Based on your experience, what do you think of that crabclaw/strut upper panel? Any objections leap to mind?

      Dave Z

      Dave Z

      Delete
    2. No objections whatsoever. In fact I might have to try it myself. I really like the strut eliminating the YHP. I've looked at some convoluted arrangements running to blocks fixed to the first batten, but your design is much cleaner.

      I won't say much for my experience. I made the sail over the winter last year, then suspended the project to do a bunch of work on the "real boat". I only got one test sail in at the end of the season, but that was enough for me to fall in love with the rig.

      As for the claws, I could speculate on effect of CE when reefed or tip vortices but I have no clue about that stuff. What I do know is: they look fantastic.

      Maybe I'll have to do a post on my rig. Some "don't do it like this" material there.

      Cheers,

      Jeremy

      Delete
    3. Hi Jeremy,

      We used the crabclaw upper panel on SLACKTIDE, but without the strut.

      It has behaved VERY well as a last sail... two of them drove the barge hull to windward in about 45kts sustained. The deep hollowed leech moves the CE forward/inboard, reducing weather helm, The greater SJR balance should be better yet.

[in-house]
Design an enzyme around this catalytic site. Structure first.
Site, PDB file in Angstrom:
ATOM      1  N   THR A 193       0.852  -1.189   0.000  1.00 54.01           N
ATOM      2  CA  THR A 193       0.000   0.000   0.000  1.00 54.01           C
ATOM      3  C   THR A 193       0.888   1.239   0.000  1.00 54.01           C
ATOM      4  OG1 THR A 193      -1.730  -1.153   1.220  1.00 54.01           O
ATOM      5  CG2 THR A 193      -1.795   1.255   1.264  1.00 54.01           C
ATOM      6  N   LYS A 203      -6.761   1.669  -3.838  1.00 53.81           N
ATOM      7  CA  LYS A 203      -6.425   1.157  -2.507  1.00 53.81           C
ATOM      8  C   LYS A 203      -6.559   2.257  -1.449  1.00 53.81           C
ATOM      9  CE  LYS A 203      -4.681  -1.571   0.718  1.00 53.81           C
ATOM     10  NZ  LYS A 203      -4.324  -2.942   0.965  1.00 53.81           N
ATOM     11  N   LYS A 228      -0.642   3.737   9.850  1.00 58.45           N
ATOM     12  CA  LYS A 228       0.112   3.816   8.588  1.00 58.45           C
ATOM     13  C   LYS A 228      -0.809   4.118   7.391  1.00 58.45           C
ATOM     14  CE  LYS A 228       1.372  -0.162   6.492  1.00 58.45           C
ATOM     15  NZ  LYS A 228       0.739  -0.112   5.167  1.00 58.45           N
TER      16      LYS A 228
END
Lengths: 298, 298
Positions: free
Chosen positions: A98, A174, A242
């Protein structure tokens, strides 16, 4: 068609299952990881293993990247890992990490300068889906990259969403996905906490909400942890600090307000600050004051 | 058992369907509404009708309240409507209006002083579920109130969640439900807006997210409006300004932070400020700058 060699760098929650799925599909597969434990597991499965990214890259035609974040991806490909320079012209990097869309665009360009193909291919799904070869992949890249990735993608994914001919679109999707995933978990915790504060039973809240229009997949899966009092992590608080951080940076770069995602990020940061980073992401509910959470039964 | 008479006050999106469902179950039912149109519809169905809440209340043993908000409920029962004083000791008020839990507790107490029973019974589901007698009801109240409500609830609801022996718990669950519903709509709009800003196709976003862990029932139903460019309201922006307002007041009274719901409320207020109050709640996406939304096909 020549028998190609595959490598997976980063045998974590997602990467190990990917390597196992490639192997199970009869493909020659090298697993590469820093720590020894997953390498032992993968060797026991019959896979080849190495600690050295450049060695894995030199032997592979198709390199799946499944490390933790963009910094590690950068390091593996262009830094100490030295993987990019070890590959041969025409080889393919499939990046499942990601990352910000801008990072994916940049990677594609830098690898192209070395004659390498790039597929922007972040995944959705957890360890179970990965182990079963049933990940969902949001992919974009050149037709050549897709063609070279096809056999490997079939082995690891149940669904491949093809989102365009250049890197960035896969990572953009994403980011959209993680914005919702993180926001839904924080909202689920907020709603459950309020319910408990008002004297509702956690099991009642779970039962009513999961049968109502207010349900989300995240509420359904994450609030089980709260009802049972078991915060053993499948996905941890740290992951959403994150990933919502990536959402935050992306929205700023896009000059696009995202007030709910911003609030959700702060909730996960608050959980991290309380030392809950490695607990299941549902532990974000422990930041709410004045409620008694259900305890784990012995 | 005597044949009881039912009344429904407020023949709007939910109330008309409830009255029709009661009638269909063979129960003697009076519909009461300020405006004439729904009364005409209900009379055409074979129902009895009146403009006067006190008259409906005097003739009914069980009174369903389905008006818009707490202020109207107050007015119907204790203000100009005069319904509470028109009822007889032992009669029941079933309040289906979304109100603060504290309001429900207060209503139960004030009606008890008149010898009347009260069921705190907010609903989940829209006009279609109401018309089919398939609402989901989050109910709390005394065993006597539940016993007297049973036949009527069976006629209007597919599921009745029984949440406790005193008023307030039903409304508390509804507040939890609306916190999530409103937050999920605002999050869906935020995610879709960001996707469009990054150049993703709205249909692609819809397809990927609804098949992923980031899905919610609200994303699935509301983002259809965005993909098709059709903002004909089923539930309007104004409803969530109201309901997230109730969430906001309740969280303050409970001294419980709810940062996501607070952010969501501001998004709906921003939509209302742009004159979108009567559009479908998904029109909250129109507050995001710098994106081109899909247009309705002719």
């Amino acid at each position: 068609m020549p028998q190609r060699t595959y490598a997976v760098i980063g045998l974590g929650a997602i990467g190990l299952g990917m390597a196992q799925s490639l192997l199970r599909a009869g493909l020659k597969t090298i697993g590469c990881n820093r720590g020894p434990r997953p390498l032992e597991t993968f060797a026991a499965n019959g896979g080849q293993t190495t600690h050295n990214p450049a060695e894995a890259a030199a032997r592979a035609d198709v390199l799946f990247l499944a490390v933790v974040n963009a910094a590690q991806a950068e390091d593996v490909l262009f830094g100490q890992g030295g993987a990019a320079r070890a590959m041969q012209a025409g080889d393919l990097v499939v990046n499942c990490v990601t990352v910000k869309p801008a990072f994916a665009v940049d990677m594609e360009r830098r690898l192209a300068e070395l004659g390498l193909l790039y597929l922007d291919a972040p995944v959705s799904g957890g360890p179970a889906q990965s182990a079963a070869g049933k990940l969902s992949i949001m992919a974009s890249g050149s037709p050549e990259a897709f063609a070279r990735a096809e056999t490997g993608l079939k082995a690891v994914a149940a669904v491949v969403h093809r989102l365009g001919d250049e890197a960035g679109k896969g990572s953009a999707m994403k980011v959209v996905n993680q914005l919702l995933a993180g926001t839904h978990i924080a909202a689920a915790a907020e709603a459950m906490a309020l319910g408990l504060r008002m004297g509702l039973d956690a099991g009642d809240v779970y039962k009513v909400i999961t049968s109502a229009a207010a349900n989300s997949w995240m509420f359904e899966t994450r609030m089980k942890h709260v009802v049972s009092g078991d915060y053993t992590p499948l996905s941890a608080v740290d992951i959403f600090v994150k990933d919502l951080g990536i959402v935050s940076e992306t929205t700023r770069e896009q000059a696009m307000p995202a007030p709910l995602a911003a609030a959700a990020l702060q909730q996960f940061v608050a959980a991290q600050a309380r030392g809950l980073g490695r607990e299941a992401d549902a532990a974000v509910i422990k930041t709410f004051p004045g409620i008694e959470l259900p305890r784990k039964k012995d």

And yeah, we love the looks!

      Dave Z

      Delete
  2. Hi Dave,

    That's looking really interesting – fascinating article by Slieve. Question: is your ratio of 2:1, aft of the mast:forward of the mast horizontal dimension of sail, because you have two masts? In the photos in Slieve's article, the proportion looks more like something in the neighborhood of 3 or 4:1. Just curious!

    Still looking at the Reddish rig for AUKLET, because of the short mast situation. But it does make one fantasize about a taller mast in the future…

    Shemaya

    ReplyDelete
    Replies
    1. Hi Shemaya,

      Slieve's rig, shown above, was an early implementation that is indeed 25% balance (3:1 sail). Based on his experience he writes that 33% to 35% balance is preferable, being stable with reduced sheeting loads and weather helm.